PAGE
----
First federal bank of california -Rochester
First Federal was a local financial institution that started with humble roots and grew to become one of the largest savings and loan associations in the country.
The company built a still-standing downtown office tower with a revolutionary revolving restaurant that added to its legacy. First Federal launched a first-of-its-kind housing project in conjunction with the city of Rochester and perhaps was best remembered for its cartoon-like “Hard Working Dollar,” or H.W.D., advertising campaign.
During the housing-and-loan crisis of the 1980s, First Federal was reported to be the first such institution to become a ward of the federal government. The business survived and then thrived — unlike many of its contemporaries — but lasted only another decade or so before being bought out during its centennial year.
The company was founded in 1896 by working-class folks in the Dutchtown area of northwest Rochester who wanted to start a savings and loan association. The group met on the second floor of a grocery store at Campbell and Whitney streets and initially collected $97.50. State officials authorized the establishment of the 20th Ward Cooperative Savings and Loan Association, the name by which the company went for nearly 40 years.
First Federal’s history is well-chronicled in the book, 100 Years of the Hard-Working Dollar/The History of First Federal Savings and Loan Association of Rochester, by Richard O. Reisem. As the book recounts, the first business day was brisk.
“One by one the people in the line climbed the stairs to the second-floor hallway office and opened accounts, dropping their cash investments into a hat. Most made deposits of 50 cents or $1.”
The association formed as a way for low- to moderate-income households to buy a home. Many Dutchtown residents worked in nearby factories and had problems getting loans from commercial banks.
Business boomed quickly. Customers stopped by the store for Tuesday “bank nights.” In 1925, 20th Ward Cooperative moved to a new office at 764 Jay St. and went full-time.
Things were going great until the stock market crash of 1929 and the ensuing Great Depression. Within a couple of years, 20th Ward Cooperative needed help. “Withdrawals were increasing to the extent that they threatened to wipe out all the cash,” the book states. A new president, E. Clinton Wolcott, transformed the company into a federally chartered savings and loan association.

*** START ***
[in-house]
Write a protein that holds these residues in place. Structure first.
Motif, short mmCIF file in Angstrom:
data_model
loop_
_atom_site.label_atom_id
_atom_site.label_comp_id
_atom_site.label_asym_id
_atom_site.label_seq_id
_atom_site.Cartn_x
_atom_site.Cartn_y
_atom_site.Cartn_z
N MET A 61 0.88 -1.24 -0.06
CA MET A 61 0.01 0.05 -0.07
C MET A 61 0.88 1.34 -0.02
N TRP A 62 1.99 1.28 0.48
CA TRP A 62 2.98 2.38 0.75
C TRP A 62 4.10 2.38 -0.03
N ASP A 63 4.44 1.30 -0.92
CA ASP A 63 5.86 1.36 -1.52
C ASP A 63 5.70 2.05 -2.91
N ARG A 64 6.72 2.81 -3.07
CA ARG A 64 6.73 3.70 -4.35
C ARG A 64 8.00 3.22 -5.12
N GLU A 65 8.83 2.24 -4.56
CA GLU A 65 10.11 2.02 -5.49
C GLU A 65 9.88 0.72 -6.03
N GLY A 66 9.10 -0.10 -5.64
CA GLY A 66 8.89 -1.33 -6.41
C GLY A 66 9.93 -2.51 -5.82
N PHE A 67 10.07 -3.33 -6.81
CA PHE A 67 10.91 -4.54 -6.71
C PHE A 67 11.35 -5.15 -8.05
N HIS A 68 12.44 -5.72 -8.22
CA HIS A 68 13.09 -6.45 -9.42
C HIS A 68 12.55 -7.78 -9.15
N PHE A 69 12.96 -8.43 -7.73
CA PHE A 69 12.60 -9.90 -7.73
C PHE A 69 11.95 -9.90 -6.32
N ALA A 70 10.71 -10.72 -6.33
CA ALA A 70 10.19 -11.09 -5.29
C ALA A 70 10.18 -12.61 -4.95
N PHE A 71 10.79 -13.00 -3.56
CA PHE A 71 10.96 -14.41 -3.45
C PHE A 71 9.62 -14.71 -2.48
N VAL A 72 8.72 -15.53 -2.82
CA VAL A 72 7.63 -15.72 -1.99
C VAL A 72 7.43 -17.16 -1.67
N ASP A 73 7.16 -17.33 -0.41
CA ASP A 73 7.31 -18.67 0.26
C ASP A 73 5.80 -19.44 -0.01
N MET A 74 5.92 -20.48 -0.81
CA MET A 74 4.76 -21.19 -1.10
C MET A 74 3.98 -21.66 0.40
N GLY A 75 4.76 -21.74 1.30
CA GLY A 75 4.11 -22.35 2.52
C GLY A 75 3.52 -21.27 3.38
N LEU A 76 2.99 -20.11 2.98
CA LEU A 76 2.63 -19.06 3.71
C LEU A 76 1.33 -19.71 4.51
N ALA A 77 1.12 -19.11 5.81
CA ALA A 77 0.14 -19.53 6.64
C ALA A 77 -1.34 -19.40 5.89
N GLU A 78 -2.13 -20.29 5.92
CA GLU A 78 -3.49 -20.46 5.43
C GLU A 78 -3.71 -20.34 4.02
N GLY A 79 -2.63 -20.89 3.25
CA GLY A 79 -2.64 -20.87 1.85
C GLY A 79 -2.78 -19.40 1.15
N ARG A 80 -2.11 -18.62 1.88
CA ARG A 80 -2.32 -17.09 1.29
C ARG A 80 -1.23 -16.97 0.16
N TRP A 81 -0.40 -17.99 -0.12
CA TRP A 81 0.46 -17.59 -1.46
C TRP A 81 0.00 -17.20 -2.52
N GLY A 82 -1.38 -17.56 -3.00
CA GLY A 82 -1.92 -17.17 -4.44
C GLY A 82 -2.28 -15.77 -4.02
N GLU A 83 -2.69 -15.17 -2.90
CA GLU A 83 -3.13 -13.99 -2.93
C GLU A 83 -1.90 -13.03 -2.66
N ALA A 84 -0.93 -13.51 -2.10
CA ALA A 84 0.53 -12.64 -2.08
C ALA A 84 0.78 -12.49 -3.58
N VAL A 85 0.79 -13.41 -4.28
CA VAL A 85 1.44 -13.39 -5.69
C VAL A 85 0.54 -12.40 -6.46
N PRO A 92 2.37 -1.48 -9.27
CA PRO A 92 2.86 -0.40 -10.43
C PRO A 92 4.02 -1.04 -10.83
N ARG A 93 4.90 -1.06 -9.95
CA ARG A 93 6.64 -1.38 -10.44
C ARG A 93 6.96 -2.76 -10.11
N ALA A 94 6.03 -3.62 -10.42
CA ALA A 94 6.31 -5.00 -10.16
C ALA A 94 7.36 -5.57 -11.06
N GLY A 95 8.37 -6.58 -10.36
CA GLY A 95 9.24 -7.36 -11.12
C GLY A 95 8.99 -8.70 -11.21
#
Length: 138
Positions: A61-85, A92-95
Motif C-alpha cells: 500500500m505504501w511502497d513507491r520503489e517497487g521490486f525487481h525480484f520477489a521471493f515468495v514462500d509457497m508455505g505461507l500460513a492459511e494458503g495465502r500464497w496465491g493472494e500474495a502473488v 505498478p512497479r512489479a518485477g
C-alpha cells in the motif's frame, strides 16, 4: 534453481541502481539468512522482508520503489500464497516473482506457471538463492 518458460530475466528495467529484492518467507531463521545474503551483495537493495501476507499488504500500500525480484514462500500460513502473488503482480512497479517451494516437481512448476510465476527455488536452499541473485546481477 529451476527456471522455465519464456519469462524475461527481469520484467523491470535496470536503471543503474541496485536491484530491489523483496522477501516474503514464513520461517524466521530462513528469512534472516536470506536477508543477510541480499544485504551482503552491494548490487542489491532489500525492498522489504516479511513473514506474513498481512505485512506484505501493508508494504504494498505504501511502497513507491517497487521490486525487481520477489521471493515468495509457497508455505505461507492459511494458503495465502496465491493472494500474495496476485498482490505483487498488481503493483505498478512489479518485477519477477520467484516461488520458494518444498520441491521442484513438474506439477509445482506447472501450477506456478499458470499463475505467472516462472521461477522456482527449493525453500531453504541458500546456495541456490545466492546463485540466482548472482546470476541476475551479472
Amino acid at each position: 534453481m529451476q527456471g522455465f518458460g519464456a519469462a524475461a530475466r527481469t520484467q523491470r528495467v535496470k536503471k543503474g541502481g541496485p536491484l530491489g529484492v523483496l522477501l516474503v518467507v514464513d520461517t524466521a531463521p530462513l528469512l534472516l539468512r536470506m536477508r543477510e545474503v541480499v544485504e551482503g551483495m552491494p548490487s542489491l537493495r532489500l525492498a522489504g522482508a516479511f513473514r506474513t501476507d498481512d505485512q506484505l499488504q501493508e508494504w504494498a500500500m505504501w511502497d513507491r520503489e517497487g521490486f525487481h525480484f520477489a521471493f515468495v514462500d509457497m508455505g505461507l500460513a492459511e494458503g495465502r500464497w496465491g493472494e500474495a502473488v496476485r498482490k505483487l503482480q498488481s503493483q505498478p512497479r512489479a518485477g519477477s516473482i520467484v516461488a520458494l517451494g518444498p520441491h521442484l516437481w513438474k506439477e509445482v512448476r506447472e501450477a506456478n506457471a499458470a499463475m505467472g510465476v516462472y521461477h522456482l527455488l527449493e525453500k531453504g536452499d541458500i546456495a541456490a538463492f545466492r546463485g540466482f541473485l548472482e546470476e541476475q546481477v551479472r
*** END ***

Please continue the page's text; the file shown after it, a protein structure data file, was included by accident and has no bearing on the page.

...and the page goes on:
The name was changed in early 1935 to First Federal Savings and Loan Association of Rochester, N.Y. The company opened its first downtown office that same year in the Temple Building at 18 Franklin St. That launched “an era of dramatic growth that would witness one of the greatest periods of new home construction in Rochester,” the book states.
Mergers made First Federal the largest savings and loan in central and western New York. Another downtown office opened, followed by the opening in 1942 of the first suburban branch at Twelve Corners in Brighton.
After World War II, returning military personnel used the GI Bill to buy homes with loans provided by First Federal, and business again accelerated. First Federal moved its main office from the Temple Building to 320 Main St. in 1951. A few years earlier, the company had unveiled its iconic “Hard Working Dollar” ad campaign.
“Alka Seltzer had its Speedy; Rochester Gas and Electric its Ready Kilowatt,” the Reisem book states. “First Federal wanted a friendly symbol for thrift.” The selected image of a silver dollar with a head (and smiling face), arms and legs was synonymous with First Federal for 35 years.
First Federal flooded the market with the image on dozens of items like thimbles, nail files, pencils, key rings, balloons and ashtrays. Radio commercials with a catchy jingle and TV ads with the cartoon image followed. The figure became a registered trademark in 1975.
A series of mergers in the 1970s made First Federal the state’s largest savings and loan institution. Company leaders built a new headquarters overlooking the Genesee River at 28 E. Main St. that was completed in 1977. The 21-story skyscraper included the iconic Changing Scene restaurant (profiled in an earlier Whatever Happened To?… story) and the 18th-floor Statesman’s Club.
Then came the problems of the 1980s that sank so many savings and loans. First Federal at one time was losing $1 million a week until changes were made. First Federal became a “one-stop center for all financial needs” and became the first S&L to join an ATM network. The business reportedly was the first savings and loan to offer telephone banking.
A major restructuring program boosted First Federal to prominence again. Then, federal regulators imposed new rules that again put First Federal in peril.
A Canadian-based firm, CT Financial Services, bought the company in the early 1990s. First Federal officials announced plans to build more than 40 new homes near the Public Market, a project called First Place. Mayor Thomas P. Ryan Jr. called the news “a very exciting day in Rochester,” and newspaper accounts called First Place “the first project of this magnitude between the city and a bank.”
The business that became First Federal turned 100 in 1996, but the end was near. Marine Midland Bank announced plans to buy First Federal that same year and merged the institutions in 1997.
As Reisem’s book says, “First Federal was destined to lose its identity forever.”
Morrell is a Rochester-based freelance writer.
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